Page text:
mormon-jesus-gethsemaneBefore Jesus Christ was crucified, He suffered in the Garden of Gethsemane for the sins and sorrows of the world. Upon the cross, He completed another step in the Atonement. With His resurrection, He gained power over death and freed the rest of mankind from its grasp. All of us will be resurrected eventually, our souls being eternally reunited with our bodies. He made this possible.

When Jesus returned to His apostles after His resurrection, He spent 40 days with them teaching them, giving them the priesthood power, and instructing them in leading the church He organized. Eventually this organization and authority were both lost. The apostles were all killed, taking that priesthood power with them. Because of the wickedness of men who desired to take over the church and to incorporate worldly teachings into it, the fulness of the gospel of Jesus Christ was lost from the earth. So many things were lost and changed over time that a new restoration was needed.

In 1820, a young man who had been chosen of God to accomplish this restoration was moved by the Spirit to enter a grove of trees to pray. He prayed to know which church he should join, because he was confused by all their different teachings. In response to his plea, he received a remarkable vision. God the Father and Jesus Christ appeared to this young man, Joseph Smith, and told him that the fulness of the gospel no longer existed upon the earth. Over the next ten years, more heavenly messengers appeared to Joseph teaching him and preparing him to be instrumental in the hands of the Lord. Joseph Smith was called to be the first prophet the earth had seen in nearly two thousand years. He was given the keys of the ancient priesthood by those who had last held them: John the Baptist, Peter, James, John, and Elijah.

The Lord Jesus Christ’s hand was upon Joseph Smith for his whole life, guiding and protecting him. Joseph was led to the brass plates, which he was told to translate, also through the power of God, and which was published as the Book of Mormon. This record contained the history of some of the ancient inhabitants of the Americas. These groups of people had been led to the New World by the hand of God. The record shows  their dealings with Jesus Christ and is another testament that Jesus is the Son of God. It restoredmormon-jesus-christ-Second-Coming to the earth many beautiful, simple truths which had been lost from the Bible.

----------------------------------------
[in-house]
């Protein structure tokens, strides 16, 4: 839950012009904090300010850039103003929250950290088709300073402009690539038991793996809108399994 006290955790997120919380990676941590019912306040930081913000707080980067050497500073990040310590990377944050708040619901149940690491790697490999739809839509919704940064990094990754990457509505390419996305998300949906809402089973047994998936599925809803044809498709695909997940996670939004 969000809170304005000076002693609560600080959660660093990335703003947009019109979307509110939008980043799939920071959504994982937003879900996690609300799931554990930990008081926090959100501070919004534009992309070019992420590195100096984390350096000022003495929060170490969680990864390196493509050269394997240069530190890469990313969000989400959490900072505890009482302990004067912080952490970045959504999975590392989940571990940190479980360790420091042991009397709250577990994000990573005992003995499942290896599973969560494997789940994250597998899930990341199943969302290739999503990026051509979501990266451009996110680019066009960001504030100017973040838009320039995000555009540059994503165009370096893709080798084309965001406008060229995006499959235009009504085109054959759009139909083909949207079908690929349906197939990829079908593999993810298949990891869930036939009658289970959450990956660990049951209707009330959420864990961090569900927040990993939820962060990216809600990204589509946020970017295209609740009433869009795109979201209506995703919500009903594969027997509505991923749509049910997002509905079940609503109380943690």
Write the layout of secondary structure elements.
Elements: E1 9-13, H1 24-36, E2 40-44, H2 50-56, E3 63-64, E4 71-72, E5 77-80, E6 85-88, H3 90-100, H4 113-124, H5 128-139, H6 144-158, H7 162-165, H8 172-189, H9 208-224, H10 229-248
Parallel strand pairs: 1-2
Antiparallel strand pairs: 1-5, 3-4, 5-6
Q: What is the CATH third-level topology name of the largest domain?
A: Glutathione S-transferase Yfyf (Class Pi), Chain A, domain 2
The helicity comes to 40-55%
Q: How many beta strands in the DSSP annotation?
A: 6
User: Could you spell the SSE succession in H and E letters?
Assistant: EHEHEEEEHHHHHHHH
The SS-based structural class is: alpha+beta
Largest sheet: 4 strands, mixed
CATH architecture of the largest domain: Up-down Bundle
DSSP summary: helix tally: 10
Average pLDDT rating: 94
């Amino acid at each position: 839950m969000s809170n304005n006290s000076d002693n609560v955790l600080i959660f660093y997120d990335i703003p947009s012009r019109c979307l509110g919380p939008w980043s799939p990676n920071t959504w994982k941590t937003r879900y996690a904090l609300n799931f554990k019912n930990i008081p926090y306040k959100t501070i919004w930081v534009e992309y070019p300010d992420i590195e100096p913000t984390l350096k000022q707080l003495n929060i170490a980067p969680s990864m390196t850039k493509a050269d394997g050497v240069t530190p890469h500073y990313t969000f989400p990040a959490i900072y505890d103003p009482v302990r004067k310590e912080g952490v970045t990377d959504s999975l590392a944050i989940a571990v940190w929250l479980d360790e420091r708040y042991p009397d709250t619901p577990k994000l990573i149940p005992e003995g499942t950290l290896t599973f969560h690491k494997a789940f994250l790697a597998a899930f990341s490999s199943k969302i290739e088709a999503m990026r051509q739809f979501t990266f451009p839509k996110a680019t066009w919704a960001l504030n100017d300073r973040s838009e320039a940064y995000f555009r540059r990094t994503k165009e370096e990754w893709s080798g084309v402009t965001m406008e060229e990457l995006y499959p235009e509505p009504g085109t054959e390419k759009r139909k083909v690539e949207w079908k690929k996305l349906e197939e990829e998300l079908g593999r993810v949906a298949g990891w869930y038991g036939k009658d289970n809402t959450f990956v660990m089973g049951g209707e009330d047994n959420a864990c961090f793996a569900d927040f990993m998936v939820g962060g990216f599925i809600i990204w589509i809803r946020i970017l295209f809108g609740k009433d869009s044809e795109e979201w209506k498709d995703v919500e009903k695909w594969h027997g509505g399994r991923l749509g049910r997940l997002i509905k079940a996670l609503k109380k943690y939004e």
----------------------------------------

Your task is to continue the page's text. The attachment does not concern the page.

Jesus Christ is the Lord of this earth. He is the Son of God and atoned for the sins of the whole world. If we believe in Him, and if we follow His commandments, we may qualify for the cleansing and healing power of His atonement. We can become perfected in Him, through this marvellous power, but not by any another way.

Jesus Christ continues to lead His church today, The Church of Jesus Christ of Latter-day Saints, and continues to make His will known through a living prophet, the president of the church. While The Church of Jesus Christ of Latter-day Saints does not claim to be the only church on the earth with truth, it is the only church with the fulness of the truth. It is led by the hand of Jesus Christ Himself. He lives. He will come again to the earth and will rule and reign forever.

Additional Resources:

Mormon View of Jesus Christ

Mormon Beliefs

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This website is not owned by or affiliated with The Church of Jesus Christ of Latter-day Saints (sometimes called the Mormon or LDS Church). The views expressed herein do not necessarily represent the position of the Church. The views expressed by individual users are the responsibility of those users and do not necessarily represent the position of the Church. For the official Church websites, please visit LDS.org or Mormon.org.